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Eligibility for medical cannabis “will be the same as other prescriptions” – Minister

By Mindo - 26th Jun 2019

NO REPRO FEE. 10/08/2016.  Minister for Health, Mr Simon Harris launches National Standards for Bereavement Care following Pregnancy Loss and Perinatal Death. Pictured in Farmleigh House in Dublins Phoenix Park today. Pictured Minister for Health Simon Harris TD at the launch of the HSE National Standards for Bereavement Care following Pregnancy Loss and Perinatal Death. These new standards clearly define the care parents and families can expect to receive following a pregnancy loss or perinatal death, and will be implemented and applied across the health service in all appropriate hospitals and settings. The standards have been developed in response to recommendations in both the HSE’s Investigation report in to the death of Savita Halappanavar and the report of Dr. Peter Boylan following his review of maternity cases at Portlaoise Hospital. Photo: Photocall Ireland 

The Minister for Health Simon Harris does not expect eligibility or cost to be a factor for patients requiring medical cannabis.

The Minster was speaking at the launch of the Medical Cannabis Access Programme, the legislation for which was signed today (Wednesday 25 June).

The programme will be established on a pilot basis for five years. “The cost will be the same as many other prescriptions, your eligibility will be assessed in the same way, whether that be a medical card or being on the long-term illness scheme,” according to the Minister.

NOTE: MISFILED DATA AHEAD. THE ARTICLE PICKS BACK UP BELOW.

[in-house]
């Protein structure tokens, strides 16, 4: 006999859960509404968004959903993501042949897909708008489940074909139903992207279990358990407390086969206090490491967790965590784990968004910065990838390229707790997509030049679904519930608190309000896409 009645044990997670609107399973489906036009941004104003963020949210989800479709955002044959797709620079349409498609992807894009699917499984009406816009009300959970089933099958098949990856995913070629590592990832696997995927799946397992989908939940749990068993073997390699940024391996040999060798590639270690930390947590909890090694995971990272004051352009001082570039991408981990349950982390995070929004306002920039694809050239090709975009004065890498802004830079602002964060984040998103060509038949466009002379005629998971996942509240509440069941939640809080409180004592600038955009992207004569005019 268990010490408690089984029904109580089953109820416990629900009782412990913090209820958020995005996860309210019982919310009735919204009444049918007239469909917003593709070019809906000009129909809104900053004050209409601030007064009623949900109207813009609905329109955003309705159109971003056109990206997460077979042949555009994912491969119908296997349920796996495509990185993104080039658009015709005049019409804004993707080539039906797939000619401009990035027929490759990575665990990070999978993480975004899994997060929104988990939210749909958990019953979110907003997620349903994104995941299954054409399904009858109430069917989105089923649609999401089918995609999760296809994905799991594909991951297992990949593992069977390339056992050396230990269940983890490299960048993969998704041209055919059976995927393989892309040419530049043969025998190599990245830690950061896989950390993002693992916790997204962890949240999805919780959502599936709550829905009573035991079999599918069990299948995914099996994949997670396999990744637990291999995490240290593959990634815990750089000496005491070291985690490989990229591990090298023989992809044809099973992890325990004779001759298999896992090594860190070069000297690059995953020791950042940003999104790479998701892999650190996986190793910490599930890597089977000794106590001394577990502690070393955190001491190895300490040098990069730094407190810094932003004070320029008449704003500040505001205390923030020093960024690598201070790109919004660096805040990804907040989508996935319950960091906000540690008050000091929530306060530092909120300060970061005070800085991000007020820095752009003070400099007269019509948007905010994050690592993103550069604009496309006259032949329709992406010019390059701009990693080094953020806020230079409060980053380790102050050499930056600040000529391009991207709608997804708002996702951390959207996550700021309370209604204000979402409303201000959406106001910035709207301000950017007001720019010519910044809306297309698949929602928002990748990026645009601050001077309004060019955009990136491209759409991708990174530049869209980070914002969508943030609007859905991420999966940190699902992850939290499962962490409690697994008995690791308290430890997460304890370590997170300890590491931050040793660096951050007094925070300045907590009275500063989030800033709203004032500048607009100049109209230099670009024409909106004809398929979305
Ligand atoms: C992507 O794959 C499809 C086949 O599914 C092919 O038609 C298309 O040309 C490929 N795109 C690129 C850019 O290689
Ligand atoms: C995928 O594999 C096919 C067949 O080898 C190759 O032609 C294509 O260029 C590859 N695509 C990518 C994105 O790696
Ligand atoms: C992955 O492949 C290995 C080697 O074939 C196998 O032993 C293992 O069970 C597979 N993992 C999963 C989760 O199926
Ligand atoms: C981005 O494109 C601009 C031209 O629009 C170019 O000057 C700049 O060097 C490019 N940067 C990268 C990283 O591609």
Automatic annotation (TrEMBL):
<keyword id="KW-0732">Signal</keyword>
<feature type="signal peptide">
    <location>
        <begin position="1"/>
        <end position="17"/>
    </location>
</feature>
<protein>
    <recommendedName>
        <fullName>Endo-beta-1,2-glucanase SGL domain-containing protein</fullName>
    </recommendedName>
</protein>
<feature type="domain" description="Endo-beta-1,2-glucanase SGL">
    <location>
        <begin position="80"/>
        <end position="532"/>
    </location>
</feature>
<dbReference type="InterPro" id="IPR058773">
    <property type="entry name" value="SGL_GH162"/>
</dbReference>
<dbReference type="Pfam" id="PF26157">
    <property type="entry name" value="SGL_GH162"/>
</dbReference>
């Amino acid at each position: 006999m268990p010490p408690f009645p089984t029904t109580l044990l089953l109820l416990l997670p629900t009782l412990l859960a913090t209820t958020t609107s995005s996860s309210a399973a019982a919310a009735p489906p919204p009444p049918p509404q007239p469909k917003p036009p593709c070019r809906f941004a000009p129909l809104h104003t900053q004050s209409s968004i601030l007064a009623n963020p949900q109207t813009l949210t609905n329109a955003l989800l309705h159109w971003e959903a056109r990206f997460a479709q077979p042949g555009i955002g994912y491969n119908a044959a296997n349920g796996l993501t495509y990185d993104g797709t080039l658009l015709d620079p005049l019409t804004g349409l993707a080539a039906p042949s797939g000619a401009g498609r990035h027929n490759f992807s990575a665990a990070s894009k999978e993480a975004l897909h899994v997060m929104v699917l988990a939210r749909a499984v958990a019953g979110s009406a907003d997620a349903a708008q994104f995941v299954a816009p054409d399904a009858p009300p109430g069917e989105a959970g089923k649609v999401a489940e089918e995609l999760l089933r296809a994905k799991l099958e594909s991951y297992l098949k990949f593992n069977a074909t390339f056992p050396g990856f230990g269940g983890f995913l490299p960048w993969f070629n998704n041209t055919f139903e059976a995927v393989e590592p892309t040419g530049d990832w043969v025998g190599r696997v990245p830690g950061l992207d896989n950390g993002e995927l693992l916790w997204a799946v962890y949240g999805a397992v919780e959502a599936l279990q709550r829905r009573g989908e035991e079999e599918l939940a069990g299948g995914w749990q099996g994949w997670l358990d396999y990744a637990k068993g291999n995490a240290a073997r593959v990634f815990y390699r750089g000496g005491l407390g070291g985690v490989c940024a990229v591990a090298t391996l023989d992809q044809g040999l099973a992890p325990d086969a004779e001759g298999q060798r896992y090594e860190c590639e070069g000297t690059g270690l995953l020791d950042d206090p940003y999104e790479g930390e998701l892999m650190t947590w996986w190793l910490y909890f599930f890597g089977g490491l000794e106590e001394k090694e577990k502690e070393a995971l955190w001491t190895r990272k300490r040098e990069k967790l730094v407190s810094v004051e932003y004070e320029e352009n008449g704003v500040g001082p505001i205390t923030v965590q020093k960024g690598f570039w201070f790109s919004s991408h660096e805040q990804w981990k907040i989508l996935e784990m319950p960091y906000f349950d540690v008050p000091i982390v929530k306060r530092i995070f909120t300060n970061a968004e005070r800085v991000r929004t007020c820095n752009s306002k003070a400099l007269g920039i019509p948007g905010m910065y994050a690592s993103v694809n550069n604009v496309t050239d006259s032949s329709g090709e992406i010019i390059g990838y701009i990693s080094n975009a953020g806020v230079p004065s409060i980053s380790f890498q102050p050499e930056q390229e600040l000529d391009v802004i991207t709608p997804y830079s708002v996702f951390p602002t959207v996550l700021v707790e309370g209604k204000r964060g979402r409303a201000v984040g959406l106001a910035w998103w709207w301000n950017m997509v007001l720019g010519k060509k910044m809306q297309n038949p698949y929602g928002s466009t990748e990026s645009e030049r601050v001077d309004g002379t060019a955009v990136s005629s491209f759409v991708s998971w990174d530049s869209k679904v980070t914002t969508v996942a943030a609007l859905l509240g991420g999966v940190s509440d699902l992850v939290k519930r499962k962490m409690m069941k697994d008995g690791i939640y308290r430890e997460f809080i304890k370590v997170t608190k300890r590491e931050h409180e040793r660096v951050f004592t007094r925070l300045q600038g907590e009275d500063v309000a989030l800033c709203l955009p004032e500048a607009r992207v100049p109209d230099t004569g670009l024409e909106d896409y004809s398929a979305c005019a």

“So, it would be the same eligibility as any other trip to the pharmacy”.

Speaking to journalists outside of the Department of Health , Minister Harris explained that applications are now open to suppliers. He mentioned that suppliers have had “quite a lot of interest in supplying to Ireland” and that he expects applications to be submitted imminently. The Minister stated that an exact cost would be subject to engagement with a supplier.

“Our priority is to get this programme up and running and make sure that products that are already available can be made available here in Ireland to our patients and that’s really the focus of our Department,” explained Minister Harris. “This is a 5-year pilot and we’re going to trial it and know at the end of the five years from engagement if it is successful”.

The Minister explained that this scheme will be subject to a medical professional’s recommendation after trialling traditional medical products. He said that it will be another option for patients with multiple sclerosis not responding to traditional medication, patients with epilepsy who still have severe symptoms on medication and patients undergoing chemotherapy who experience severe nausea and vomiting.

Minister of State for Health Promotion and the National Drugs Strategy, Catherine Byrne, also welcomed the legislation.

“It is important to mention that today will be for showing compassion to those who conventional medication hasn’t worked and people suffering from pain,” said Minister Harris.

Minister Harris thanked Dr Máirín Ryan, Deputy Chief Executive of HIQA, for the Authority’s role in drafting the detailed Clinical Guidelines for the Access Programme.

“This, from my perspective is doctor led and doctor designed,” stated the Minister. “This will set in place the rules for prescribing and the rules for suppliers”.

“This is about showing compassion to patients where traditional medication has failed”.

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